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Bio 9B: Friday, 3.19.10 Title: Introduction to Genetic Inheritance and Variation

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  1. Bio 9B: Friday, 3.19.10Title: Introduction to Genetic Inheritance and Variation • Homework: • Give me your Notebooks at the end of class (After the Do Now and the Genetics Overview)!!!! • Finish drawing your baby! • Do Now: • How can an error in meiosis result in abnormal chromosome numbers in people? Nondisjunction Videos • Today’s Objectives: • Experiment with probability to see the diversity of offspring that can be made through sexual reproduction

  2. Karyotyping Activity – Part II Review Nondisjunction Videos

  3. Mendelian Genetics &Genetic Inheritance Biology 9 Moretti and Dickson

  4. Genetics Overview • The study of gene inheritance and variation • Answers big questions like: • How are traits inherited? • Why do offspring look similar to their parents but not exactly like their parents? • How do we have so many different types of organisms and so much genetic variation? • Objectives for Class: • Experiment with probability to see the diversity of offspring that can be made through sexual reproduction

  5. Mendelian Genetics and Probability • New Vocabulary: • Dominant and Recessive • Genotypes and Phenotypes • Objectives for Class: • Experiment with probability to see the diversity of offspring that can be made through sexual reproduction

  6. Mendelian Genetics and Probability • New Vocabulary: • Dominant and Recessive • Dominant: • The allele that is always expressed as a trait if it is present (regardless of other alleles) • Recessive: • The allele that is only expressed as a trait if the dominant allele is not present Evidence: True-breeding yellow x True-breeding green (YY)(yy) All yellow offspring (Yy) • Objectives for Class: • Experiment with probability to see the diversity of offspring that can be made through sexual reproduction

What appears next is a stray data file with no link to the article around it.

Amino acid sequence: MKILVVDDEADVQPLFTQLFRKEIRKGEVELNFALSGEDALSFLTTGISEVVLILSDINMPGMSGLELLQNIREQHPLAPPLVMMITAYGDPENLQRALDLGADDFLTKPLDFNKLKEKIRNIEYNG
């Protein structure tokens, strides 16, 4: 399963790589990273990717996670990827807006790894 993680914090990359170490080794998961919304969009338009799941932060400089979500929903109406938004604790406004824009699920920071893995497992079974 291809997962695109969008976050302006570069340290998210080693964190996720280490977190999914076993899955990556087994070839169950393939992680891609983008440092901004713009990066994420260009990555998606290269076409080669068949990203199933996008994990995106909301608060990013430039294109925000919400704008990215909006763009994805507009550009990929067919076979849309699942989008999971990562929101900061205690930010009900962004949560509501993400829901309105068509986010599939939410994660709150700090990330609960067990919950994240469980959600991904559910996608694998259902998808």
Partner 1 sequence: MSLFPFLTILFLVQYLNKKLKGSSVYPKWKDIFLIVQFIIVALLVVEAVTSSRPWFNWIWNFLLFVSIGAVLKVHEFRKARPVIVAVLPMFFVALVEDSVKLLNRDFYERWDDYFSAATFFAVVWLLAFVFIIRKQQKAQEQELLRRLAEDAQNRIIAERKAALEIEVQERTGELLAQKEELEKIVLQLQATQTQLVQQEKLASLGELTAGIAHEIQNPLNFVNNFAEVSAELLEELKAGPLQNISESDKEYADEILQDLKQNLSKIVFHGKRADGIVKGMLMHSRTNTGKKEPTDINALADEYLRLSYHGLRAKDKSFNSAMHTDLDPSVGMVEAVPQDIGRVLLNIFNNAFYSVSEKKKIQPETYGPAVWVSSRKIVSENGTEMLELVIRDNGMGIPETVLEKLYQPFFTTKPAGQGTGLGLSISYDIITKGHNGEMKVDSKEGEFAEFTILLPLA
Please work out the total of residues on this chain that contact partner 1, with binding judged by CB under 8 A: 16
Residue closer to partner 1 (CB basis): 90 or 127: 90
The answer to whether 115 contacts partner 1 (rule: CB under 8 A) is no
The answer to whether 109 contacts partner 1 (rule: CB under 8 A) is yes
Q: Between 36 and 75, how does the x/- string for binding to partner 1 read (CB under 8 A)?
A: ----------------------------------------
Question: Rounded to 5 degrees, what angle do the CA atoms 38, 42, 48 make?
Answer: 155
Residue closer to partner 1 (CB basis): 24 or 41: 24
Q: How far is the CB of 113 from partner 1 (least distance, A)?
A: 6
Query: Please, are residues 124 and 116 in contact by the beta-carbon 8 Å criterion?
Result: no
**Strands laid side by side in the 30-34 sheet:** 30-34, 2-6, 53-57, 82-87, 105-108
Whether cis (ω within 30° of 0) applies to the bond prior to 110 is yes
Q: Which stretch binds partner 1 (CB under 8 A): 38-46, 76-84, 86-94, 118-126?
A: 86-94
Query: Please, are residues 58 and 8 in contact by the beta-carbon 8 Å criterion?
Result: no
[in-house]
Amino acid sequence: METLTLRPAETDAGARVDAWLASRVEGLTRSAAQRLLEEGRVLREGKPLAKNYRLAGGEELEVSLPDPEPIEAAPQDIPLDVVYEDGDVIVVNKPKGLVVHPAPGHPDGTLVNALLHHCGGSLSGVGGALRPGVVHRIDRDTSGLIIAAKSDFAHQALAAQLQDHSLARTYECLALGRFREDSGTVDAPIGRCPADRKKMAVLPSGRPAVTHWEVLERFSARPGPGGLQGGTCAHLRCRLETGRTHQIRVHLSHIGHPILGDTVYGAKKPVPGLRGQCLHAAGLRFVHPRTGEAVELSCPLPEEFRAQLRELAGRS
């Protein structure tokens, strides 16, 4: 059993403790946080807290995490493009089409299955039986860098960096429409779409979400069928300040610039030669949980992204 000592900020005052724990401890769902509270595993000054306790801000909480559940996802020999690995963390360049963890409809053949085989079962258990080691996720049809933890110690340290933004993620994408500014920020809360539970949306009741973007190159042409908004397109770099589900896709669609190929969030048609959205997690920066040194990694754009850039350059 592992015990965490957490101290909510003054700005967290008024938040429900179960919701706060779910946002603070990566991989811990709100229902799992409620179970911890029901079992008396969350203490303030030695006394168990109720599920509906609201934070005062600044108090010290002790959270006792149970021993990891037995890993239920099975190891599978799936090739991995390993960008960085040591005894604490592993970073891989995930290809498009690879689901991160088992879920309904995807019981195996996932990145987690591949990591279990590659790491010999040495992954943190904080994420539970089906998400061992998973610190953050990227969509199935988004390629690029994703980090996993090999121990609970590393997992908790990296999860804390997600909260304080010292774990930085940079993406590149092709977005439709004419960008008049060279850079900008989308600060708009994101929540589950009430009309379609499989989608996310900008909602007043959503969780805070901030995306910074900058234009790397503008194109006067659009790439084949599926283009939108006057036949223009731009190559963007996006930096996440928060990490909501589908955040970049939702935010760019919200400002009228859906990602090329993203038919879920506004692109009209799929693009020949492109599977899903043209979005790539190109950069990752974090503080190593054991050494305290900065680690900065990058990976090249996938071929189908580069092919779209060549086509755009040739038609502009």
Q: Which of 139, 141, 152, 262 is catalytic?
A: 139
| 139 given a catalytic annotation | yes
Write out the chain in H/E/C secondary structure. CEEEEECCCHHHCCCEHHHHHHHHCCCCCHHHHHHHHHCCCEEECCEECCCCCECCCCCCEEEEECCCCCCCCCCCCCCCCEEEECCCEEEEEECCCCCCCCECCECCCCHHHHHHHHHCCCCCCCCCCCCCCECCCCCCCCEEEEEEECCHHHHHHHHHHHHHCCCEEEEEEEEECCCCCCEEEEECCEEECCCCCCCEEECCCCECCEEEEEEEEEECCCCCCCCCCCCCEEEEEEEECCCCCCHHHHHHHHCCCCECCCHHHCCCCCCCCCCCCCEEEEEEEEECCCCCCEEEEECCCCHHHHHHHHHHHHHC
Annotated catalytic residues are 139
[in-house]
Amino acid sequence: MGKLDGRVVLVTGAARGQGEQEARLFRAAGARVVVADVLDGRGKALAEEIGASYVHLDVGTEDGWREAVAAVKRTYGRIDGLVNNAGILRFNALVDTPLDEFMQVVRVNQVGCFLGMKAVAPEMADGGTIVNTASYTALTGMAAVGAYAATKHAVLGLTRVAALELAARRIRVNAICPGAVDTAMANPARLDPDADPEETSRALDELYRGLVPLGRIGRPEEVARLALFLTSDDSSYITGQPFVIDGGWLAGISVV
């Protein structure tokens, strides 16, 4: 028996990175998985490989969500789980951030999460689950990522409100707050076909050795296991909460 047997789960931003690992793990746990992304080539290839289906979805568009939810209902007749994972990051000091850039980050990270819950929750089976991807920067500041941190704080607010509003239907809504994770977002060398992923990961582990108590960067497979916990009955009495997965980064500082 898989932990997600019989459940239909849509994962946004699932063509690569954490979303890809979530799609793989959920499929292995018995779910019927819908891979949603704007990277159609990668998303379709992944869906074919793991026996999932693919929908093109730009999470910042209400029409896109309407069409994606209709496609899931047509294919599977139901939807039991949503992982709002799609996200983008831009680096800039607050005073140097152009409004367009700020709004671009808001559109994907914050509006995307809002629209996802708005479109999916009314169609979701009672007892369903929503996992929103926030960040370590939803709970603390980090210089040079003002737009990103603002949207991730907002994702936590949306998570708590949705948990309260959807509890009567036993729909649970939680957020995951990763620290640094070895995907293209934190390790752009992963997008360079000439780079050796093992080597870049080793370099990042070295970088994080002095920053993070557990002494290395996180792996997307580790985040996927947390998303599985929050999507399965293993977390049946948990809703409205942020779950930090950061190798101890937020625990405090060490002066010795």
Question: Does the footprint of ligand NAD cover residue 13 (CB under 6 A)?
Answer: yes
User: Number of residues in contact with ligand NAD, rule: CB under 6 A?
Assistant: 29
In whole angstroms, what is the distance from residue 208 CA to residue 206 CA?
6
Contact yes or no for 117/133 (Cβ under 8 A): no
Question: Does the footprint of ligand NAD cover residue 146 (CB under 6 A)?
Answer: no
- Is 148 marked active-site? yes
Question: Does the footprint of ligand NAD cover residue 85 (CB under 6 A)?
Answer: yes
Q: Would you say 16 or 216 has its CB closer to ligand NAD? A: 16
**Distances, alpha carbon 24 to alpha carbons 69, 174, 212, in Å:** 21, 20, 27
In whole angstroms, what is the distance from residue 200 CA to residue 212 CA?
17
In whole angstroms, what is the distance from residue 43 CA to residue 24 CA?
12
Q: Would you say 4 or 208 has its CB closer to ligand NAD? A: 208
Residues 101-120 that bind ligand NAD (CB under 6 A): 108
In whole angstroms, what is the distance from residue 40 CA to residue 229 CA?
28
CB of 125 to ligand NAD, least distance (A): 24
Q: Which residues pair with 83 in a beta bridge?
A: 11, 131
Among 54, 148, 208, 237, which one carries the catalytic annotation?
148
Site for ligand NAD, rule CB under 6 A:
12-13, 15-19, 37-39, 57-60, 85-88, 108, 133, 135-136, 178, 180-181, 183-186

7. Mendelian Genetics and Probability • New Vocabulary: • Genotypes and Phenotypes • Genotypes: • The genetic make-up of an organism • The combination of alleles • Phenotypes: • The expressed physical characteristics • The “Trait” “Phenotypes are the sum of Genotypes + Environment” • Objectives for Class: • Experiment with probability to see the diversity of offspring that can be made through sexual reproduction

  8. “Makin’ Babies”: Mendelian Genetics & Probability • Use the “Genotype Data Table” to determine the Traits of your baby by flipping the coin a total of two times for each trait (once for each allele). • Heads = Dominant and X • Tails = Recessive and Y • For example: Face shape = R, so heads=R and tails = r • Write the combination of the alleles in the box next to the trait. This is the Genotype for each trait • Then, go to the Phenotype chart • Determine the Phenotype based on the Genotype from page 1 • For example: if you flipped two RR for face shape, the phenotype would be Round • After all of the Phenotypes are determined, draw your baby by using the traits from the Phenotype chart • Objectives for Class: • Experiment with probability to see the diversity of offspring that can be made through sexual reproduction